“You’ll see everything here in Shenyang is fake, except for Shenyang itself,” a South Korean executive told a Chosun Ilbo news team in Shenyang, China some time ago. He was only half joking. He showed us a designer watch that would cost millions of won in South Korea. It was a fake, of course, bought for 20 yuan (US$1=CNY7.57). So was his wallet, his belt, his shoes — all fakes. There’s no reason to pay for genuine brand name goods in China, the executive said, because even if you buy the real thing, people just assume it’s fake.

▶In China, “there is nothing that cannot be made, with the exception of man.” Fakes are overflowing the Chinese market, and many of them look fantastic.

Fake eggs recently caused a stir in Guangzhou. The white of the egg was made from industrial powder and alum, the yolk was calcium chloride. The eggshell was made from paraffin wax. If you broke the shell you could easily see that it’s fake because the white and yolk mixed together, but an unbroken one was very difficult to distinguish from a genuine egg. It was almost a work of art. But it was a little puzzling why they put so much effort into it, considering that real eggs don’t cost much.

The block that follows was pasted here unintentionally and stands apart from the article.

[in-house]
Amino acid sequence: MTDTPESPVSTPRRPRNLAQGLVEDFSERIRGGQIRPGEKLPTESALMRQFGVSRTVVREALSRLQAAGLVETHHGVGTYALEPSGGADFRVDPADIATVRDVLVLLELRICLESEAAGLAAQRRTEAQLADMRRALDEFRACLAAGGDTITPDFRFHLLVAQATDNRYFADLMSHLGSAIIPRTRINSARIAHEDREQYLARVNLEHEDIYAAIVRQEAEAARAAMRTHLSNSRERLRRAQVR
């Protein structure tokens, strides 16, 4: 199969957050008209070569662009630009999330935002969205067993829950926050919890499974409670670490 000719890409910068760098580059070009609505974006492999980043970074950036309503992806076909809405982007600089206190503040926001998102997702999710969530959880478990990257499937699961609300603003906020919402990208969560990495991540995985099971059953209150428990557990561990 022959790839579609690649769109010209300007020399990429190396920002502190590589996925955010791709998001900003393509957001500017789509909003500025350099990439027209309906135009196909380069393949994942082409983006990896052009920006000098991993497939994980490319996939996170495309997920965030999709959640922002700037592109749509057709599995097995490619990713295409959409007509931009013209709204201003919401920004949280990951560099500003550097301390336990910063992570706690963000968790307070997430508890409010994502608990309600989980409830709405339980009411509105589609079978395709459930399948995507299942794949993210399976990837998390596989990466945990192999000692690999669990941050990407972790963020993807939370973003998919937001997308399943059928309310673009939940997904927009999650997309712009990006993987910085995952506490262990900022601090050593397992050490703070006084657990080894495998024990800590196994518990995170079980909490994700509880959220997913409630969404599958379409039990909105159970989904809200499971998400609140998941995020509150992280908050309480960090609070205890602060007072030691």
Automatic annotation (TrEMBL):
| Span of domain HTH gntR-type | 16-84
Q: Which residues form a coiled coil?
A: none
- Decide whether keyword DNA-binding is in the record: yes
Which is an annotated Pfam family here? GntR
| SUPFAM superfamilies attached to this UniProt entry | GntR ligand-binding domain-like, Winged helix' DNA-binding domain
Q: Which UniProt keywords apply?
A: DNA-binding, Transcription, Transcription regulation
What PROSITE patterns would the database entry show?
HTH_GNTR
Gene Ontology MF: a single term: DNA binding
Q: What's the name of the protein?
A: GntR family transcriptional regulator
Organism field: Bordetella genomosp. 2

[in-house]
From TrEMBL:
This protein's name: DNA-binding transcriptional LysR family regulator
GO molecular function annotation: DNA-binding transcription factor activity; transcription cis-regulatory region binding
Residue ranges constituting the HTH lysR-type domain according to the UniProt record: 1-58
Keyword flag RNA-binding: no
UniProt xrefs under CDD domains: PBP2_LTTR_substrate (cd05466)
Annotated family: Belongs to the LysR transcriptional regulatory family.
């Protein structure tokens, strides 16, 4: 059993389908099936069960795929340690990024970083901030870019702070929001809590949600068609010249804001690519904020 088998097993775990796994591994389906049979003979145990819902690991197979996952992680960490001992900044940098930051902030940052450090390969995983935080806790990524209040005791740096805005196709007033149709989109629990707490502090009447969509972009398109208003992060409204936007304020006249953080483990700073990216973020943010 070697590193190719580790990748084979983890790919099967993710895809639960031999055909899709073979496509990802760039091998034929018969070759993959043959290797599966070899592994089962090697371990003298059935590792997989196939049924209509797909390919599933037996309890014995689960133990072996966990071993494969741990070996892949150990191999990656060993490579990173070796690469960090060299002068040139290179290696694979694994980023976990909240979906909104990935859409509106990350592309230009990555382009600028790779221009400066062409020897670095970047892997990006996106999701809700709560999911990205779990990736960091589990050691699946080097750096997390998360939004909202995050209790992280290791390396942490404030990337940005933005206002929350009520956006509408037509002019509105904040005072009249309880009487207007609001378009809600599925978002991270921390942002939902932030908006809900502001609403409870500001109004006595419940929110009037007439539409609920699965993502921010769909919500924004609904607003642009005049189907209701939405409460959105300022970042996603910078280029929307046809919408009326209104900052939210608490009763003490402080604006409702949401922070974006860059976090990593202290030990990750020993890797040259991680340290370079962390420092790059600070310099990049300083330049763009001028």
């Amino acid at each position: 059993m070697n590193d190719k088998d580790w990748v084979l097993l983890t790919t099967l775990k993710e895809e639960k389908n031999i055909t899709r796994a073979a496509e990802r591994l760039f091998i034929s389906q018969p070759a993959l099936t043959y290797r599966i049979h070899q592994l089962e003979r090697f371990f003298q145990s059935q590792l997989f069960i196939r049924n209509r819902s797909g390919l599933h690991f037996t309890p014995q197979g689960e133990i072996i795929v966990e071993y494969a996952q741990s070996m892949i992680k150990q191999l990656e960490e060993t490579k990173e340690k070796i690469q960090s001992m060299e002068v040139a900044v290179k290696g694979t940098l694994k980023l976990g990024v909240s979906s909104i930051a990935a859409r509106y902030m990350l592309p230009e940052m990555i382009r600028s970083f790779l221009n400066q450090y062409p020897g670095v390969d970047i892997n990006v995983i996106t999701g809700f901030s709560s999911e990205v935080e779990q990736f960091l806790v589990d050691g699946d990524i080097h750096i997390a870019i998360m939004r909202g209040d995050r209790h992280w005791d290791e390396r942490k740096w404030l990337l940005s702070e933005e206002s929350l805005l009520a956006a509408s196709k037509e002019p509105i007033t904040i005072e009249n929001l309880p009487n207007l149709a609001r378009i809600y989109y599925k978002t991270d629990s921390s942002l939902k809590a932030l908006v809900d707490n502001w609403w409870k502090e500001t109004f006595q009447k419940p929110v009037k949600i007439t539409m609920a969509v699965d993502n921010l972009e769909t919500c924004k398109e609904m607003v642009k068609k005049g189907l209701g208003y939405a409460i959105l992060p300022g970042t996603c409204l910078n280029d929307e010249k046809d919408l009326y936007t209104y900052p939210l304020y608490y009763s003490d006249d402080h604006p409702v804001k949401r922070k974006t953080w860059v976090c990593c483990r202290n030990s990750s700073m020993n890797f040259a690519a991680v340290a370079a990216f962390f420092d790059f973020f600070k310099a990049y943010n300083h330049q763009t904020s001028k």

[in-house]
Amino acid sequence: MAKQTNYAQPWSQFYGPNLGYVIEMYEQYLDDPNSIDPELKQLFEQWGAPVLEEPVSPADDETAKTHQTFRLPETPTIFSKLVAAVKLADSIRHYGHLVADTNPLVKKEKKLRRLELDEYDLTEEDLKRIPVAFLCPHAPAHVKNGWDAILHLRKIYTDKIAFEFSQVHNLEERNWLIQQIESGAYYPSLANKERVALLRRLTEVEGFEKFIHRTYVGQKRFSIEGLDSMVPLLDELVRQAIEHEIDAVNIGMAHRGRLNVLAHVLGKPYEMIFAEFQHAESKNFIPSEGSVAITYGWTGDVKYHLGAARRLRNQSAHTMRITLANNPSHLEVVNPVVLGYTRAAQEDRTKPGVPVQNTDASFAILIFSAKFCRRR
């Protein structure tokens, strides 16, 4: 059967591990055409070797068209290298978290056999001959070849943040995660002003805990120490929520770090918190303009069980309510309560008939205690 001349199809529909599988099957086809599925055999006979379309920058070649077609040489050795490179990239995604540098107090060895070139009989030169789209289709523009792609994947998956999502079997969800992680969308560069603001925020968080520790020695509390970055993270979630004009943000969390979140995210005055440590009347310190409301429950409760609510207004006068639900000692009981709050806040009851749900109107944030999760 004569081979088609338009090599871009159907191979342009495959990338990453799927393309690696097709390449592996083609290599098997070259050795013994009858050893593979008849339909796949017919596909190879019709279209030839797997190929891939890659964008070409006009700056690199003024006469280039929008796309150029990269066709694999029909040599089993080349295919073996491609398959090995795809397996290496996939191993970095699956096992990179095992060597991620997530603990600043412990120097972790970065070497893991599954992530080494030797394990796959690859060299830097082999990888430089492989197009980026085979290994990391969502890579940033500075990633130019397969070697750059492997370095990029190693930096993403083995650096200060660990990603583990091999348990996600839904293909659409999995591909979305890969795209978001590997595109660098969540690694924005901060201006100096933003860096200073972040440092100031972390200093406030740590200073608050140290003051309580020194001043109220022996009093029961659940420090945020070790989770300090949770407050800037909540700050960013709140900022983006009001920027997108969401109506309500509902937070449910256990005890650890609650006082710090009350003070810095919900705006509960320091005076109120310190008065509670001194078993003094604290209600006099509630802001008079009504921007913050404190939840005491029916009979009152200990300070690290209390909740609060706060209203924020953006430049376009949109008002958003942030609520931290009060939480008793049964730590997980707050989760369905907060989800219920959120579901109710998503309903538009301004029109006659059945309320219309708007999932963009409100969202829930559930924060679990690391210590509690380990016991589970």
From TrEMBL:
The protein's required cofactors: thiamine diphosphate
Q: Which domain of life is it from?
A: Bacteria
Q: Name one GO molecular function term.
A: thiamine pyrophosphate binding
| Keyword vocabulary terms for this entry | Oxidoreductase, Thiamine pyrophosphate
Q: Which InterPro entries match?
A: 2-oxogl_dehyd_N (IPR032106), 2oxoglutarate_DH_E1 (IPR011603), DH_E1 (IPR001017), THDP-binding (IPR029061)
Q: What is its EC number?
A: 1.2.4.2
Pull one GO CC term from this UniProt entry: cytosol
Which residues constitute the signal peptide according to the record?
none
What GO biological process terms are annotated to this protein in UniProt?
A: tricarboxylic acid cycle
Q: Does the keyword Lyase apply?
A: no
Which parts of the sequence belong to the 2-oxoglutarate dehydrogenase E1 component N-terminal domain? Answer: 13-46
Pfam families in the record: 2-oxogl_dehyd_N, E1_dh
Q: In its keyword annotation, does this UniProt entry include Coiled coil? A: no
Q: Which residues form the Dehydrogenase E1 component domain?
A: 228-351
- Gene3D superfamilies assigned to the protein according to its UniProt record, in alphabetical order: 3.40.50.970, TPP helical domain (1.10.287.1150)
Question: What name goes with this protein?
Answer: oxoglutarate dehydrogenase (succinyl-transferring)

▶In the province of Anhui in 2004, 13 babies died after they were fed with fake infant formula. Surviving babies had long lasting abnormalities, including skinny bodies and large heads, due to serious malnourishment and side effects.

Last year, nine people died at the hospital of Sun Yat-Sen University in Guangzhou after being given intravenous injections laced with diethylene glycol, used in car anti-freeze.

▶Whang Joung-il, minister for political affairs at the Korean Embassy in China, died while being treated at a clinic in downtown Beijing on Sunday.

On Saturday evening Whang ate a sandwich from a nearby shop while working in his office at the embassy. He later experienced diarrhea and severe abdominal pain. The next morning Whang rushed to the clinic, where he suffered shortness of breath and died after receiving an injection of Ringer’s solution.

Chinese police and health authorities are reportedly investigating the solution to see if it was fake.